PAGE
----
Every so often, you go someplace new, and you can't wait to tell everyone you know about it. I imagine it's how Neil Armstrong felt when he (allegedly) got back from the moon. Or how The New York Times felt when they discovered Brooklyn.
Today, that someplace is Babu Ji, an Avenue B restaurant serving Indian food and general happiness.
There are a lot of reasons to immediately fall hard for Babu Ji. There's the self-serve deli-style refrigerator stocked with over 40 different beers. There's the taxidermy peacock on top of it. There's the Bollywood movie projecting on one of the walls.
And there's the food. It's certainly different from what you'd find at most traditional Indian restaurants, but it's not "fusion," and it's also without the pretension that comes along with most "modern" takes on ethnic cuisine. Instead, like the space and overall environment, it just feels... original. The owners run a few restaurants in Melbourne, Australia, including the original Babu Ji, and whatever they've figured out there, we're glad they've brought to it New York.
The menu is split between items "from the street," which include plated appetizer-like options ranging from spicy fried yogurt-filled discs to a sweet whole smoked rainbow trout, and items "from the pots," which are mostly small saucy pots of curry filled with anything from raw scallops to figs. Everything we ate was excellent, and better yet, truly unlike any dishes - Indian or otherwise - we've tried before.
Everything we ate was excellent, and better yet, truly unlike any dishes - Indian or otherwise - we've tried before.
For dessert, there's kulfi, a cardamom-honey-pistachio ice cream pop made in a handmade antique metal tube. It's delicious, and made even better by the story from Babu Ji's chef, who runs the restaurant with his wife, about how his grandmother used to make kulfi by sticking the tin tubes in freezing water flowing in from the Himalayas. He may be the single friendliest person in the entire East Village (we literally saw the guy pick up and smile at a baby), and that energy seems to permeate the whole restaurant. When's the last time you saw a restaurant patron turn to the two tables on either side of him and demand they try his curry? Have you ever seen that? People seeming genuinely happy about life in the middle of New York City? That's how you know something good is happening here.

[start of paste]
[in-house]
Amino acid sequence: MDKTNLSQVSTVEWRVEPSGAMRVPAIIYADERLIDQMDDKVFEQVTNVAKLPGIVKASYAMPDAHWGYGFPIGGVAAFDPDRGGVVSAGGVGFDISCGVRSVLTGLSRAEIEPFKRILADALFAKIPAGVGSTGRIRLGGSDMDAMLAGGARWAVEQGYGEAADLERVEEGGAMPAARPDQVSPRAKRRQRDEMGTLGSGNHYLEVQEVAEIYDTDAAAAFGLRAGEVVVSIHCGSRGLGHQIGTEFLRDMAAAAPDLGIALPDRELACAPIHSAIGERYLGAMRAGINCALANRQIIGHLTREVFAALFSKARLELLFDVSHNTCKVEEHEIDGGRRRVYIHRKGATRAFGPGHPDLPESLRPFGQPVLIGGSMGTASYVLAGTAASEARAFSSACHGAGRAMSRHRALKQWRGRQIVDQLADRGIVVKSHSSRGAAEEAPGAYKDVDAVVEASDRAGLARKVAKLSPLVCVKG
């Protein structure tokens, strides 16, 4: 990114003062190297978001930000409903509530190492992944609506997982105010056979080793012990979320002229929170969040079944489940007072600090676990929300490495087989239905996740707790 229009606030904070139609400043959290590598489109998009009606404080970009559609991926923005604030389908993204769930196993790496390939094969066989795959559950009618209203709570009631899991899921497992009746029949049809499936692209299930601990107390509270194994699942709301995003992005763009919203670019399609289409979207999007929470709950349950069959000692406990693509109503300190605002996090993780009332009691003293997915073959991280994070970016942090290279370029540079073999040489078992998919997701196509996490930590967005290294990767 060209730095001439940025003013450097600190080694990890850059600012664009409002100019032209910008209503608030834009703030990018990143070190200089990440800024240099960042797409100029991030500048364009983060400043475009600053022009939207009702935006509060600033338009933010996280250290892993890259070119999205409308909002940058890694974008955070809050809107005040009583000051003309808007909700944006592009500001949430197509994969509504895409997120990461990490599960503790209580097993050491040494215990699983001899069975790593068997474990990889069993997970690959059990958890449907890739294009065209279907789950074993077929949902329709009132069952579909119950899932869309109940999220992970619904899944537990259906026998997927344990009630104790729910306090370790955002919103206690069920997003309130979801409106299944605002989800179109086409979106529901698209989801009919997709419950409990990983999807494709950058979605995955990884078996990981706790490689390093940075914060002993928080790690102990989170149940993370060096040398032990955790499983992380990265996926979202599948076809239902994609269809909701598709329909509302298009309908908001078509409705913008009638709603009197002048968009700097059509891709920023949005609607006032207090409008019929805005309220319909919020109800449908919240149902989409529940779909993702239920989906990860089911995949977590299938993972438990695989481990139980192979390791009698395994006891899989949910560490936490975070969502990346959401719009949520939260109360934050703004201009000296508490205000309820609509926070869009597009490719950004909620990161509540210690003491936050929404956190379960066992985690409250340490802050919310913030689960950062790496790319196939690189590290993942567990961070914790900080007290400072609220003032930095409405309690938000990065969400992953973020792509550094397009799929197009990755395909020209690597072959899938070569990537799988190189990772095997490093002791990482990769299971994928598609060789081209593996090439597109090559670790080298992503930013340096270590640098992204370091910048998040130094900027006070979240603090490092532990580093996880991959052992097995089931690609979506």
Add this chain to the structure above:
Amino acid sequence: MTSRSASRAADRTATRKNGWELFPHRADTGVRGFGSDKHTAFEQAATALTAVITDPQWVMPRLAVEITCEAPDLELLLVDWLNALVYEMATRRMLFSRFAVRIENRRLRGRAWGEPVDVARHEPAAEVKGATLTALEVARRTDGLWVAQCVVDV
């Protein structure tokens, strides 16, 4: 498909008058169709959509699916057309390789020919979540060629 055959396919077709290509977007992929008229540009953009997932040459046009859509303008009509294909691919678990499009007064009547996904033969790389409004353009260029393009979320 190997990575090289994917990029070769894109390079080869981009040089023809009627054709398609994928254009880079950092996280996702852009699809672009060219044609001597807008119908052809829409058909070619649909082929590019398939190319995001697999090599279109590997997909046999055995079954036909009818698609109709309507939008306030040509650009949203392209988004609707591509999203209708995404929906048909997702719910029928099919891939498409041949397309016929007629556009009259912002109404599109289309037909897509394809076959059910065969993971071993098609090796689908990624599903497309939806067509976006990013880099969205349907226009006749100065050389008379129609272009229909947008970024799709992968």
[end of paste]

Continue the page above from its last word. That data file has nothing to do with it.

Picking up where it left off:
As we understand it, "Babu Ji" means "sir," with the connotation of "local dude who runs sht." And while the restaurant may be new, it's a fitting name - this place is local, and casual, but it's about to run sht.
Now go tell everyone you know.
This is sold on the menu as an "Indian nachos," and the description's pretty on the money. Crackers are topped with chickpea, cucumber, pomegranate, tamarind, and mind and covered with a slightly sweet yogurt chutney. A nice way to start off.
If we're using Super Bowl snack analogies here, these taste remarkably like jalapeno poppers. The yogurt in question is really more like cheese, which fills a crispy croquette. They're spicy, and sitting in a pink beetroot ginger sauce. Totally great.
What happens when you soak a whole fish in ginger and honey, and then smoke it in a tandoori oven? GREAT THINGS. It's crispy, caramelized, and kind of puts any miso broiled cod to shame. Just beware of bones. Don't be afraid.
A thick, coconut milk-based yellow curry with raw scallops dropped in. If you like rich flavors and are down with an uncooked scallop, do it.
Quality chicken chunks in a yoghurt, ginger, garlic, tomato curry sauce. This dish is likely closer to resembling the Indian food you're used to, but it's better.
You're going to want some naan to soak up the sauces. Go for the garlic flavors - it's deep and funky and crispy like a pizza crust from Motorino.
The restaurant's signature dessert, an ice cream pop frozen in a pointy metal tube. You roll the tube between your hands to force the pop out - it's fun, and delicious.